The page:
Tag Archives: homeless

resolved

person-woman-sitting-old

How many of us actually expect to keep them? I think the success rate, at least according to the internet (and everything out here is true), is roughly around 8%. Yet every time a New Year rolls around we find our selves resolving to be better. Whether it is kicking a bad habit, losing weight, becoming more healthy, etc., it is almost a rite of passage into a new year to resolve to augment our behavior in some way that will make us better. Somehow the idea of a fresh start is just the spark we need to radically alter who we were just yesterday…kind of sounds silly in print. And yet I find myself wanting to be a part of the crowd when it comes to self-improvement. But one resolution has always plagued me a bit.  It goes like this; “I resolve to draw closer to God.”

Now at face value this is a great resolution. Who wouldn’t want to draw closer to God? I know I do. I think the problem is how we go about it. We think somehow that drawing closer to God is something that is achieved on an individual level. As if he can only be encountered in my resolve to be personally accountable to His presence. And although I realize that we need time alone with God I believe that if we want to draw closer to God it looks a little different. Frank Weston, the one time Bishop of Zanzibar in the Anglican church wrote the following more than a hundred years ago:

You cannot claim to worship Jesus in the tabernacle if you do not pity Jesus in the slum. … It is folly, it is madness, to suppose that you can worship Jesus in the Sacrament and Jesus on the throne of glory, when you are sweating Him in the bodies and souls of His children. . . . You have your Mass, you have your altars, you have begun to get your tabernacles. Now go out into the highways and hedges, and look for Jesus in the ragged and the naked, in the oppressed and the sweated, in those who have lost hope, and in those who are struggling to make good. Look for Jesus in them; and, when you have found Him, gird yourself with His towel of fellowship and wash His feet in the person of His brethren.

Here is what I think I am trying to say. If you really want to resolve to draw closer to God this year then resolve to draw closer to the people He died for. By sharing God’s love and life with others we find a way to encounter God like never before. Jesus himself put it this way in Matthew 25:38-40 When did we see you a stranger and invite you in, or needing clothes and clothe you? When did we see you sick or in prison and go to visit you?’“The King will reply, ‘Truly I tell you, whatever you did for one of the least of these brothers and sisters of mine, you did for me.’.” So by all means resolve to draw closer to God this year. It could be the greatest resolution you make. But be certain, it can never be done within the walls of your own safety and security. Rather it is only through reaching out in Christ’ love to those who haven’t been encountered yet for the Kingdom. Here you will truly draw closer to God.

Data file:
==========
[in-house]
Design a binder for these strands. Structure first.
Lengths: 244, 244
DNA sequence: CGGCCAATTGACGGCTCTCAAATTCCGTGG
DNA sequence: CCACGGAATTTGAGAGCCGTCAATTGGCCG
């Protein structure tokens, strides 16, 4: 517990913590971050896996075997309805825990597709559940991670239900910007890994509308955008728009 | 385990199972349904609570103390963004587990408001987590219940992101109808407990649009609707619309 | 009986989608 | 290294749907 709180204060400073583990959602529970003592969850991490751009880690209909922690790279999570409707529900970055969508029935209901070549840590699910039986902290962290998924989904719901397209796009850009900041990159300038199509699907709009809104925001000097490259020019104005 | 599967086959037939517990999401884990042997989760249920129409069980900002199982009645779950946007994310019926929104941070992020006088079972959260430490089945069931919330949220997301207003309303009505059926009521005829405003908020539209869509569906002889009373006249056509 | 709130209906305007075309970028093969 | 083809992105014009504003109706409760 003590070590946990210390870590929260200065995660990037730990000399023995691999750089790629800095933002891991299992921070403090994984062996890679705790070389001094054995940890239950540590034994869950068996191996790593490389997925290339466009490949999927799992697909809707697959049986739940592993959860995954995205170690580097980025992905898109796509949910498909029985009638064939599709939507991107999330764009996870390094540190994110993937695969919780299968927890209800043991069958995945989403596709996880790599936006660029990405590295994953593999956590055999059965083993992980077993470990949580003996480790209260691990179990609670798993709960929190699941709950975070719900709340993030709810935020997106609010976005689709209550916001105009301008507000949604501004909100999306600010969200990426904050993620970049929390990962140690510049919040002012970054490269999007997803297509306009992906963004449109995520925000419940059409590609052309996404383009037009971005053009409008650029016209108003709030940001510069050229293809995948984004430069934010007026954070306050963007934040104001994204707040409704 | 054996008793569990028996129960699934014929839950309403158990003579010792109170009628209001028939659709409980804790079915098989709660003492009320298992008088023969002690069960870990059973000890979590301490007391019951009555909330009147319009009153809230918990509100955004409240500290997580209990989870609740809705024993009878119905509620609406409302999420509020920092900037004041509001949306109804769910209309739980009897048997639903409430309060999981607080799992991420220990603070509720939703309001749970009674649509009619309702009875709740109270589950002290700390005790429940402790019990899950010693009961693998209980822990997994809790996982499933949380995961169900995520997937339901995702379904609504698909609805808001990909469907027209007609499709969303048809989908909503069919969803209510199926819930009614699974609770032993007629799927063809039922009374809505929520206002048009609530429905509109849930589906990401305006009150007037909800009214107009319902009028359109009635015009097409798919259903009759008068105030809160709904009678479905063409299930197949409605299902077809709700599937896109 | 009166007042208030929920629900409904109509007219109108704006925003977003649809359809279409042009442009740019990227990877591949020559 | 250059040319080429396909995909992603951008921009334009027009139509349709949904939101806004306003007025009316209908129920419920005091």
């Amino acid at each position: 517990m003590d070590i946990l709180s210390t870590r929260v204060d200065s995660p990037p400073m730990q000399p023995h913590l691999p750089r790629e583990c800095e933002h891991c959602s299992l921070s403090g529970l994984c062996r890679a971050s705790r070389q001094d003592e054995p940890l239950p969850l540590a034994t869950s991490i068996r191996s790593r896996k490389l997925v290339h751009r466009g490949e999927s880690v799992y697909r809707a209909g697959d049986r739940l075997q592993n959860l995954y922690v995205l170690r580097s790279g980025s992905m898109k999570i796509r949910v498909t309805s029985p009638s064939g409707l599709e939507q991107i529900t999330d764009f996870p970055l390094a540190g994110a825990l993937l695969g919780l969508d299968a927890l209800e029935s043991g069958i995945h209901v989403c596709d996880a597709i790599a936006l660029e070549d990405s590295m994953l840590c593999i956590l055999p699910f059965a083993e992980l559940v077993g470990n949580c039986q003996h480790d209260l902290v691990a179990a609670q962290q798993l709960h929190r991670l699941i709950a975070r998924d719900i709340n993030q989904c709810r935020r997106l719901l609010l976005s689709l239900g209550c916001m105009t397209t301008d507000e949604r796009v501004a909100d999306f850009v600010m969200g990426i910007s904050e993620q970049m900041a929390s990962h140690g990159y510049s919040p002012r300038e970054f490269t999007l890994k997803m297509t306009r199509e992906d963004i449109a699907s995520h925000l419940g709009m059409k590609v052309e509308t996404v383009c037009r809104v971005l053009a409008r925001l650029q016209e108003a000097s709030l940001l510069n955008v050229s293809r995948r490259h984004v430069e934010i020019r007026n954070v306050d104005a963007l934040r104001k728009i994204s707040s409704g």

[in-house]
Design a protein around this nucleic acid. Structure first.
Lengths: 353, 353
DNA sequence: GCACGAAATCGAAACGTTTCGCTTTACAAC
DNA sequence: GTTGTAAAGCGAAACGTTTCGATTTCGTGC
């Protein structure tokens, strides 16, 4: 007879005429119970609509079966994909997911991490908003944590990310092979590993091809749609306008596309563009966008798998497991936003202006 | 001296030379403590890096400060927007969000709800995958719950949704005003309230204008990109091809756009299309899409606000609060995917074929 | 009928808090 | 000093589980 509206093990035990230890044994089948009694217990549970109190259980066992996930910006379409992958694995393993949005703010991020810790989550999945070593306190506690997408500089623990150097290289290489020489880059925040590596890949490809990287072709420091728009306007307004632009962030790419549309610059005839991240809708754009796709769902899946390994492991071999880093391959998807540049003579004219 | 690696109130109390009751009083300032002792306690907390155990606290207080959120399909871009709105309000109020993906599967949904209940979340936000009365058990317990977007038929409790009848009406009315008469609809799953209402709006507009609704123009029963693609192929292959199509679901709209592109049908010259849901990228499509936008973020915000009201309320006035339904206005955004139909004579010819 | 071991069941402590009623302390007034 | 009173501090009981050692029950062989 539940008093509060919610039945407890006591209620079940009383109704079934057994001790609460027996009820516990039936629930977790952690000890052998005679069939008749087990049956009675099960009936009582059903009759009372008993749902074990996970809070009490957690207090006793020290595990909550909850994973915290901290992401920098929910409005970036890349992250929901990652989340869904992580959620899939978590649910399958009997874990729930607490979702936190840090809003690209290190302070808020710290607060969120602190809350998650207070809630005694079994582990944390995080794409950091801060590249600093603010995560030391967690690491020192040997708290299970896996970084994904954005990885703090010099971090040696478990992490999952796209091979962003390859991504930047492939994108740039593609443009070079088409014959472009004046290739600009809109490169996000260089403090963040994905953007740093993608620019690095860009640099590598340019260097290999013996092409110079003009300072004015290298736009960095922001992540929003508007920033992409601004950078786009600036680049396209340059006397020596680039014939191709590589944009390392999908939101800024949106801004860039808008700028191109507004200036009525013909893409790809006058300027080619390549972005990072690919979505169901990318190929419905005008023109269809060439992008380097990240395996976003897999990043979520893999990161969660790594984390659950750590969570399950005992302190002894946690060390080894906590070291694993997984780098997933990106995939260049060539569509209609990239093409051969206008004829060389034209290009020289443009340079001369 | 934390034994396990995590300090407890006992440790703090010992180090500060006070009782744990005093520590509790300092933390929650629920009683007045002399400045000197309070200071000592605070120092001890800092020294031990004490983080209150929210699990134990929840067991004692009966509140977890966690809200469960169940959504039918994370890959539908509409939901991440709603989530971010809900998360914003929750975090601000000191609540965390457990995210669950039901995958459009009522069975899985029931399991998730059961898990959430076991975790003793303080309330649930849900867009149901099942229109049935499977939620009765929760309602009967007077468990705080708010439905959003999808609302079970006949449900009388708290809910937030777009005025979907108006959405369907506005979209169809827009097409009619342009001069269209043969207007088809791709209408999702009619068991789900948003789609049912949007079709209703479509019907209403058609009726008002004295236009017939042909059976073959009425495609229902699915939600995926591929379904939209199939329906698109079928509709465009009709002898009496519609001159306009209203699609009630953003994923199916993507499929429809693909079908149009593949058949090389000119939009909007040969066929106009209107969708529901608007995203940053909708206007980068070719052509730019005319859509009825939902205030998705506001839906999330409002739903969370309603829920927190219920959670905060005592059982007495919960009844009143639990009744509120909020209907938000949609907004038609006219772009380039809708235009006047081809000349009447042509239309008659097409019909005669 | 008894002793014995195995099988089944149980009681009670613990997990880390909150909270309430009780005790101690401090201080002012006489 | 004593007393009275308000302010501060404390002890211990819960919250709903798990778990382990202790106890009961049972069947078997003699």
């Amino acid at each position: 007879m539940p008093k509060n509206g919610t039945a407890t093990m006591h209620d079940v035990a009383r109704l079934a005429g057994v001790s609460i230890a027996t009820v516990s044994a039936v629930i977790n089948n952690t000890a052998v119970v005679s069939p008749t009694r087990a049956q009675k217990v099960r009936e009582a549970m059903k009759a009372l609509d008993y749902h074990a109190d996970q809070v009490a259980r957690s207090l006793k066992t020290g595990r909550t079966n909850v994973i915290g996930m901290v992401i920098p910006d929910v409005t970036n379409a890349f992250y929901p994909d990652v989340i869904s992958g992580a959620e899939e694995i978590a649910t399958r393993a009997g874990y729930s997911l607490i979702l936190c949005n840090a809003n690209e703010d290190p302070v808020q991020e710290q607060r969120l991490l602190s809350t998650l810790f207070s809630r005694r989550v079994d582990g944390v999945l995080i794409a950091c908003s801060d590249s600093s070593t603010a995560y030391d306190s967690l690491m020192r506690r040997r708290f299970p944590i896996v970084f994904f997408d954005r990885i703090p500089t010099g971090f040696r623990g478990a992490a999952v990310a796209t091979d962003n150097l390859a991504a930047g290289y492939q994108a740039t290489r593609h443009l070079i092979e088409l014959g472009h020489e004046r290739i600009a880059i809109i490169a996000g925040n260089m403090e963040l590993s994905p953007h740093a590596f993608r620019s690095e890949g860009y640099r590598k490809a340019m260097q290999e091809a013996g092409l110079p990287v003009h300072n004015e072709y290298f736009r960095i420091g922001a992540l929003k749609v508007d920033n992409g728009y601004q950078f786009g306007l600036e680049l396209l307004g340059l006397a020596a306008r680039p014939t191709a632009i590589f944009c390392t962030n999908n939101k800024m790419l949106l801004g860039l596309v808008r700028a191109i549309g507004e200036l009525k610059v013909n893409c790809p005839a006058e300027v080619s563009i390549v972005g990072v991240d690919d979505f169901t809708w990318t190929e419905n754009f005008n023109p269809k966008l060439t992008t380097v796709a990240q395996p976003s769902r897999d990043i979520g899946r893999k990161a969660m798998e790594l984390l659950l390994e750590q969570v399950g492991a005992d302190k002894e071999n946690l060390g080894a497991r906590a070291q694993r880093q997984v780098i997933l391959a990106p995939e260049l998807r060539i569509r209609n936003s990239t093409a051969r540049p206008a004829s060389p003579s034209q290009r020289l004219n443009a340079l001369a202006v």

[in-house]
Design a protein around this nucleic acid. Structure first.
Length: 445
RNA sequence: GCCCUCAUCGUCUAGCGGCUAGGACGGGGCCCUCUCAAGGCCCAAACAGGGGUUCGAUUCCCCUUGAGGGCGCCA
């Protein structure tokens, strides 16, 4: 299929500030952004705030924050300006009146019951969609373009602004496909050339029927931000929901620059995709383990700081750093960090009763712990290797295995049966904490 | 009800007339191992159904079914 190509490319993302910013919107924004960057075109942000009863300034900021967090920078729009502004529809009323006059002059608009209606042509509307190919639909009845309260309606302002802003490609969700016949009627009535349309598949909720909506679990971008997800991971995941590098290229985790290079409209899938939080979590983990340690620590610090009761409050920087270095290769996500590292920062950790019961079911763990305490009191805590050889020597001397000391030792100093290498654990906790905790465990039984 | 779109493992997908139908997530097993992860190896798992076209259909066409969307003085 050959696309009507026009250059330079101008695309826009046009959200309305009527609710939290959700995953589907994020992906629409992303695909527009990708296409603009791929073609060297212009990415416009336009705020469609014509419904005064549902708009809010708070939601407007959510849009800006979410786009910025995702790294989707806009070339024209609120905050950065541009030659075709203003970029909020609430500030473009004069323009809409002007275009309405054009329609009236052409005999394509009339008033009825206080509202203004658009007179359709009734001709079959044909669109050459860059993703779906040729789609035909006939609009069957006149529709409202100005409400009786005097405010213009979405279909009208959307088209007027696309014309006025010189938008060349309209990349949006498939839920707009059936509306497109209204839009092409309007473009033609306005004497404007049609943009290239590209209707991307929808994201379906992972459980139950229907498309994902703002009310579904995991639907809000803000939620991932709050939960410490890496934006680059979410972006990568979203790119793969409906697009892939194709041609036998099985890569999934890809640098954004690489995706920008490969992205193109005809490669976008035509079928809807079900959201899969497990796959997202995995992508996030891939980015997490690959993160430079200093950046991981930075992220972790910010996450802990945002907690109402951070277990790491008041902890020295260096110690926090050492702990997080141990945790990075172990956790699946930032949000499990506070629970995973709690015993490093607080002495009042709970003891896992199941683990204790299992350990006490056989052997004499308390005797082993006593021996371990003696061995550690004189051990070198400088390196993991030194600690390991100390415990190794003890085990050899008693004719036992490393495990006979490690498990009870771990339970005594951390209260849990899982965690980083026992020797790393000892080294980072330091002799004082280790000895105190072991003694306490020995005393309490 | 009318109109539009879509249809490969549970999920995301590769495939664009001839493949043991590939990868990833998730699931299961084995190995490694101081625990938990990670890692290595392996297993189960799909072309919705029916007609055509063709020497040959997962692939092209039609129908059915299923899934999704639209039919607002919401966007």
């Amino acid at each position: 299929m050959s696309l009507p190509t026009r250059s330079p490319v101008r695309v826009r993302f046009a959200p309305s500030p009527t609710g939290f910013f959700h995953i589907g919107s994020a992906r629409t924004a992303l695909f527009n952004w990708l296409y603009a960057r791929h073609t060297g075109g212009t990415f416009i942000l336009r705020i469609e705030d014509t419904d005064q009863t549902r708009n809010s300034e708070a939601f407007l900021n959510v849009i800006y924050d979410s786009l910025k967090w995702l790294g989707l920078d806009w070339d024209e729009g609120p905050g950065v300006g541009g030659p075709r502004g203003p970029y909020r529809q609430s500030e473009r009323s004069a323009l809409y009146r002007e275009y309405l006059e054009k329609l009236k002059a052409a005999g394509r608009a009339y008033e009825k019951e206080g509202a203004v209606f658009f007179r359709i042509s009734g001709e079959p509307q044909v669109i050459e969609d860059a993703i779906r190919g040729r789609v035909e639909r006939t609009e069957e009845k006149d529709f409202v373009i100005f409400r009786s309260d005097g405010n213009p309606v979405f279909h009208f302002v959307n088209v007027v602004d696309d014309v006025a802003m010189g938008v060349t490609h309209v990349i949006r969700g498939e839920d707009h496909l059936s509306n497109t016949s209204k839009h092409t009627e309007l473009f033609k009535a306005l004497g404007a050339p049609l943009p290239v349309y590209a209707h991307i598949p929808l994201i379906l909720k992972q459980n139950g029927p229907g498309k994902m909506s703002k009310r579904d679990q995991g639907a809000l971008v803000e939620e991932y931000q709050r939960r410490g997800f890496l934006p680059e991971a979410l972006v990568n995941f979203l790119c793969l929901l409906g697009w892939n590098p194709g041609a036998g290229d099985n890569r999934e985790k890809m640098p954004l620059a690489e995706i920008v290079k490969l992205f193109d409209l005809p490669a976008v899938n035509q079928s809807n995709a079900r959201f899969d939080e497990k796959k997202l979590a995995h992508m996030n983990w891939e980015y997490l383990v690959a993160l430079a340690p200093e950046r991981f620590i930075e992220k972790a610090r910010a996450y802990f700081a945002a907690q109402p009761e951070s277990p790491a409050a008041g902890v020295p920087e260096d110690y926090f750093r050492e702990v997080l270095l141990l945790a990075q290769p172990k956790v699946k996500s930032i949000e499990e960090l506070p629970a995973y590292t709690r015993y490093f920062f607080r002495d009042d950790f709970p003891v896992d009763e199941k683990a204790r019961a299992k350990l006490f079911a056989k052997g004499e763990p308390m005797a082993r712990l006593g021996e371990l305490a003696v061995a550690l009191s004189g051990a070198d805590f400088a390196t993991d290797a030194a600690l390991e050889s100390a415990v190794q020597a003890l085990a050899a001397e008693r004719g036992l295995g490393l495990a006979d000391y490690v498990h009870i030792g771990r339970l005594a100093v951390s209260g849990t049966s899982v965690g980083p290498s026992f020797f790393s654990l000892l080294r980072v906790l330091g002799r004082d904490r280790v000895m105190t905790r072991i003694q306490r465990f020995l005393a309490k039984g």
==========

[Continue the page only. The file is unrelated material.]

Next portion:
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political

“I usually don’t get too political…” How many times have we seen or heard this phrase from our friends as of late. And what follows is usually some rant or expression intended to bend our ears or our hearts to their cause or stance. And I’m sure it’s pretty much effective 99% of the time, right? It almost seems that every one these days is a political expert and with so many experts it’s mind boggling to think that our society isn’t more healthy. I mean we all know the right answers to fix everything so why isn’t everything fixed?

During Jesus’ days his opponents would often try to find ways of tripping him up or engaging him in some debate. And they didn’t shy away from political discusssions either. At one point they even questioned Him about paying emperial taxes and Jesus’ reply was ingenious. He asked to see a coin, examined the image, and “Then he said to them, “So give back to Caesar what is Caesarʼs, and to God what is Godʼs.””‭‭ -Matthew‬ ‭22:21‬. This has been interpreted a myriad of different ways but it’s probably best thought of in this light. Jesus was saying to his opponents, “Let Caesar have his money and his power and his way of doing things. God has His own way of getting things done.” And that has always been the case. God’s Kingdom does not operate according to the systems, laws, means, and methods of this world…it’s different; an alternative Kingdom.

But so often as of late it seems we in the church have forgotten this. We enter into the political arena with the same tools, the same weapons, the same words as those who are not a part of the church. In his epistle, John puts it this way, “Dear children, let us not love with words or speech but with actions and in truth.” – ‭‭1 John‬ ‭3:18‬. So what does that mean? If you’re pro-life, then be pro-life by adopting babies, supporting foster agencies and single mothers or by sponsoring a child overseas. If you care for the widow, then volunteer at an assisted living facility or find a shut-in to help out. If the homeless tug at your heart then head down to your local mission. If caring for the earth strikes home then start a recycling program and help educate others. If you care for refugees then find a local agency and find out how to volunteer. The Kingdom of God is about action, but not the action that we do often see on display that belongs to Caesar. Our action is love in action and it enacts God’s will on earth as it is in heaven. So what are you waiting for? It’s time to get political. 


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